BBCMr Watt insisted a Brexiteer he spoke with declared the Chequers plan will be in'trouble by Monday
09 July, 2018, 02:39
Foreign Secretary Boris Johnson had backed the proposals at Chequers despite claiming that defending the plans was like 'polishing a t***' during the meeting. "That is not something that this country voted for, it is not what the Prime Minister promised".
Pro-EU Tory Anna Soubry said she would "always welcome" a policy that delivers a "business friendly Brexit", adding that she had "no doubt" the prime minister would now enforce Cabinet discipline.
The proposal, set out by Mrs May in a document more than 100 pages long and distributed to ministers only on Thursday, has sparked fury in the Leave camp and prompted speculation that cabinet Brexiteers, like Ms Mordaunt, could be ready to walk out of the government.
Just 48 letters from MPs are needed to trigger a vote of no confidence in Mrs May, but it is understood the PM's team is increasingly confident that she will be able to see off any bid to topple her.
Speaking on the BBC'sSunday Politics Scotland programme, Mr Russell questioned whether the proposals would be acceptable to remaining European Union member states and to hardline Brexiteers within the Conservative Party.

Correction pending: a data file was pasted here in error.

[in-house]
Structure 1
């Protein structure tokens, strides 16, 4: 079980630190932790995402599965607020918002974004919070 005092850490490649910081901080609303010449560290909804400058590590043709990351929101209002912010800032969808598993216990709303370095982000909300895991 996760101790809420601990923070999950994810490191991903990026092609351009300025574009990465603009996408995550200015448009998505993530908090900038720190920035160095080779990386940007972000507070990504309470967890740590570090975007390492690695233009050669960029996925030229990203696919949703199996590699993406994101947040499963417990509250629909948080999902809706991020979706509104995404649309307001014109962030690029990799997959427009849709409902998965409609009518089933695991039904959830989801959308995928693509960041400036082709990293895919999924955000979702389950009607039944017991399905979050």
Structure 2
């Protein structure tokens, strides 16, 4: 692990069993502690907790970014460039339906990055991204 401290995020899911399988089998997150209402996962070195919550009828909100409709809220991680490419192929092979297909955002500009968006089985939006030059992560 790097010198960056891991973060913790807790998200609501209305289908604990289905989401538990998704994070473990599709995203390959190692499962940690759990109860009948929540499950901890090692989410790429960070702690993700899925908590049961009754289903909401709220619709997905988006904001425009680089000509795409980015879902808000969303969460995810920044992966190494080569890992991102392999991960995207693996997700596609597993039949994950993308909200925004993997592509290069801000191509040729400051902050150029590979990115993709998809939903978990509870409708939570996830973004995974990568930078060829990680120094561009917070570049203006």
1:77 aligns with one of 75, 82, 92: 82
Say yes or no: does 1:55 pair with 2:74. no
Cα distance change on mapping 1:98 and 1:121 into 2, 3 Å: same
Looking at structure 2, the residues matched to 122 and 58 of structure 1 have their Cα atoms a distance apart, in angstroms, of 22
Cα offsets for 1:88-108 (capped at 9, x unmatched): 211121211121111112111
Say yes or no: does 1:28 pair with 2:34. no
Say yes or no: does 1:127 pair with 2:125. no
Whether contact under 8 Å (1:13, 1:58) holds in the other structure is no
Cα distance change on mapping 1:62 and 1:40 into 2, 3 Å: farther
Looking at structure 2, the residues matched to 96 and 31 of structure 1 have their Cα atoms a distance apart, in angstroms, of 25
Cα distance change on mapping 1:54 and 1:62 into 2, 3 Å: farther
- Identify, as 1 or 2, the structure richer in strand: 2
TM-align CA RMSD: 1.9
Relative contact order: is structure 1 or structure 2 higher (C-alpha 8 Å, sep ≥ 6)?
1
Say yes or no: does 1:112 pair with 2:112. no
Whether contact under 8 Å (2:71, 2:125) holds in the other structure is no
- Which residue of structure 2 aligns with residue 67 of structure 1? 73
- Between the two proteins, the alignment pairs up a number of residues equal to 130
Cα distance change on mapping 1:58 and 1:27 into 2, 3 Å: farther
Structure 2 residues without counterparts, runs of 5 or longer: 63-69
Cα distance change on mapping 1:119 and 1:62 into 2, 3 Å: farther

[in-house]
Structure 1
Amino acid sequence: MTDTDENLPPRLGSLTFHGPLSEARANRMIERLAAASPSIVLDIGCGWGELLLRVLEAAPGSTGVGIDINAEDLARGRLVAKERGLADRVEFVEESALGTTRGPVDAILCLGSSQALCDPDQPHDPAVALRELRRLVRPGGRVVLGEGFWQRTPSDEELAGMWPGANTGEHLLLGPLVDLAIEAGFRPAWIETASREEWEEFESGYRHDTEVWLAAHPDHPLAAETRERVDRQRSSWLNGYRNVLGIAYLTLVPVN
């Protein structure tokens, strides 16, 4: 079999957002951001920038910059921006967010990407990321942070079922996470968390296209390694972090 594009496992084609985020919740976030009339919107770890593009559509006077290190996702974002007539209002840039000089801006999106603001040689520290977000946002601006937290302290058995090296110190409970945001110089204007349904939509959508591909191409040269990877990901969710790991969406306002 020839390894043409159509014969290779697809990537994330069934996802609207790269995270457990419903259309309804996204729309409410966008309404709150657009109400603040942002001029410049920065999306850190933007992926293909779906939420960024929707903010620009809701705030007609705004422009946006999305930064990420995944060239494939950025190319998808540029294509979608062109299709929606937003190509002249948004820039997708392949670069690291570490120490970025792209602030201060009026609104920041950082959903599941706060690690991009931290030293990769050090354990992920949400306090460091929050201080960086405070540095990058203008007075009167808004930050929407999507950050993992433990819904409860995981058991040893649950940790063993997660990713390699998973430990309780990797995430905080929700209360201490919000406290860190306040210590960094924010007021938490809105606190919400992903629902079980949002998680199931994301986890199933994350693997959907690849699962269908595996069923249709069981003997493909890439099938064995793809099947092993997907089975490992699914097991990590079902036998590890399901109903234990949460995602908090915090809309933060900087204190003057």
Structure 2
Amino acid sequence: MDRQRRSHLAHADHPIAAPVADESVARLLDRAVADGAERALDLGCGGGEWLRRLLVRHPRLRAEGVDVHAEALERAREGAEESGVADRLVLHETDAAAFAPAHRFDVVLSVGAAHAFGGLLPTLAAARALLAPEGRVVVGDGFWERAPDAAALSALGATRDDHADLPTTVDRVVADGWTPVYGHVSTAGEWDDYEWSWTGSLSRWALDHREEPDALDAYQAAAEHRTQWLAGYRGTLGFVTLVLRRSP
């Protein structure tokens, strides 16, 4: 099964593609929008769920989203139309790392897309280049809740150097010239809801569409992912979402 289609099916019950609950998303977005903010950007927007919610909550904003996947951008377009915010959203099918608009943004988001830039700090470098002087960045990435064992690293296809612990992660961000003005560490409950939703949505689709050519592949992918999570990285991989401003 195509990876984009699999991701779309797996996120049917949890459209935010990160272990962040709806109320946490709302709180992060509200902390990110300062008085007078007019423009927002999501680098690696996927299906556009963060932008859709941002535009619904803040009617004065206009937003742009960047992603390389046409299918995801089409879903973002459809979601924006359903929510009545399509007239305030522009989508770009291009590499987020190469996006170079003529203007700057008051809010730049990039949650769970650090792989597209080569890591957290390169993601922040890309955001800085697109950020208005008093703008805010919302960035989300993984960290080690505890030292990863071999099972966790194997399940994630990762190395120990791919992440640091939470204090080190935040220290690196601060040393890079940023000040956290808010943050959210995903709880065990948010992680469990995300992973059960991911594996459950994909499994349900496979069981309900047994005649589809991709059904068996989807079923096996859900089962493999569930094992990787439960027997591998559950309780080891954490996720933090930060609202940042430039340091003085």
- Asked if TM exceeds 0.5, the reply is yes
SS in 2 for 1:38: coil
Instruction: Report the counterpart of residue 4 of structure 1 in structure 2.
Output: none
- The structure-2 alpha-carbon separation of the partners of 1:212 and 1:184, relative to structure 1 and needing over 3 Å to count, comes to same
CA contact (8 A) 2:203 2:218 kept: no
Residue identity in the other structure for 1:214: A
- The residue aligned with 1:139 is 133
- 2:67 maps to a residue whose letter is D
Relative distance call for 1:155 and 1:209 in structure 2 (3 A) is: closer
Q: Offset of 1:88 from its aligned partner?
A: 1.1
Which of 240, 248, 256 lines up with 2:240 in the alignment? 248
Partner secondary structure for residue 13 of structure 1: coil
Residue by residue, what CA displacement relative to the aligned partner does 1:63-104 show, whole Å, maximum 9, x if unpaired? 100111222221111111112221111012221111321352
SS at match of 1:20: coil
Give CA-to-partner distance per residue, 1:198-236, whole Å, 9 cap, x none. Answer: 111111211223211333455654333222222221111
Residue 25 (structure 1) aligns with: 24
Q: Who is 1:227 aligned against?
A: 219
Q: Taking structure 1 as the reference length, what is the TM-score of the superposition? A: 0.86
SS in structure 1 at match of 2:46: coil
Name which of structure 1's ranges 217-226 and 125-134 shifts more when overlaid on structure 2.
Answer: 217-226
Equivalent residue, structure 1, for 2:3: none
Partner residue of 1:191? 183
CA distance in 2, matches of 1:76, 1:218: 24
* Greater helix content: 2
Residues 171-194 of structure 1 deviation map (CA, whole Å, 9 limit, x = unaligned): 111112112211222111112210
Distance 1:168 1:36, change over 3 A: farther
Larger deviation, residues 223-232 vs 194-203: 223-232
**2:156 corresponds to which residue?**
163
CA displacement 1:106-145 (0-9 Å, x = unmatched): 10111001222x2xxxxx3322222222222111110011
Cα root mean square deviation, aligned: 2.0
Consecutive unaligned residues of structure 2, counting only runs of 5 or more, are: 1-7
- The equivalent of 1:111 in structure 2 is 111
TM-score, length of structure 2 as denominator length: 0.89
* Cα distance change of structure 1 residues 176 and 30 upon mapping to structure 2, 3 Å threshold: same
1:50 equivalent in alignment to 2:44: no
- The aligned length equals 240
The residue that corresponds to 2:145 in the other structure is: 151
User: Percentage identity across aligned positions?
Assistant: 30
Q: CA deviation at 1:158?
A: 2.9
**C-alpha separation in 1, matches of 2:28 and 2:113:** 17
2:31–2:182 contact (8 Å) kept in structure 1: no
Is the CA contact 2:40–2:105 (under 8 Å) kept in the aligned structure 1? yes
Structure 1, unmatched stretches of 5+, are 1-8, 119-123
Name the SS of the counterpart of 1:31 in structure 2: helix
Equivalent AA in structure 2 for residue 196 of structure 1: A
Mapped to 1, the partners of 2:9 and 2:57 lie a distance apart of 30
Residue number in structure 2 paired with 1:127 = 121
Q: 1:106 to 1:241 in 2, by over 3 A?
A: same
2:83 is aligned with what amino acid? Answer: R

Mr Russell said: "We may be on a journey, it may not be a journey however that Theresa May is capable of taking, given her party".
Others have urged Jacob Rees-Mogg to stand, the paper reports.
The Prime Minister was then quick to be the first to get out her version of what had been agreed by giving an interview to the BBC's political editor who had been waiting all day.
Appearing on the BBC's The Andrew Marr sShow on Sunday, he said: "I'm a realist and one of the things about politics is you mustn't, you shouldn't, make the flawless the enemy of the good".
In a statement released late in the evening, she said the 26 cabinet members in attendance reached a "collective" agreement that would see the United Kingdom agree to negotiate a "common rulebook for all goods" in a combined customs territory.
He said he would "listen to what the Prime Minister has got to say on Monday evening at the 1922 Committee" before deciding what action to take.
The former permanent secretary for worldwide trade believes that Theresa May's Chequers plan for Brexit is "better than no deal".
Mr Bridgen said he was "deeply disappointed" with Brexiteer ministers that they "didn't pick up the cudgels and prevent the Cabinet supporting this offer which I think is a huge mistake for our country, for the party, for the Government and for the Prime Minister". "If the EU says we have to be in the European Economic Area [an even softer Brexit] and accept free movement, the party will blow up".
She seems to have reassured pro-Brexit ministers that under the new negotiating position Britain will still be able to seek trade deals with the rest of the world, easing fears that mirroring European Union rules for goods would rule that out.
He added: 'The EU has never been keen to facilitate a breaking up of an approach toward the single market in terms of keeping all of the elements of the single market intact and consistent, so I think Britain will find it hard to persuade the EU to support the approach they're now proposing.
'Michel Barnier will be a very, very strong defender of the EU interests here, in terms of protecting the integrity of the single market and the integrity of the EU customs union'.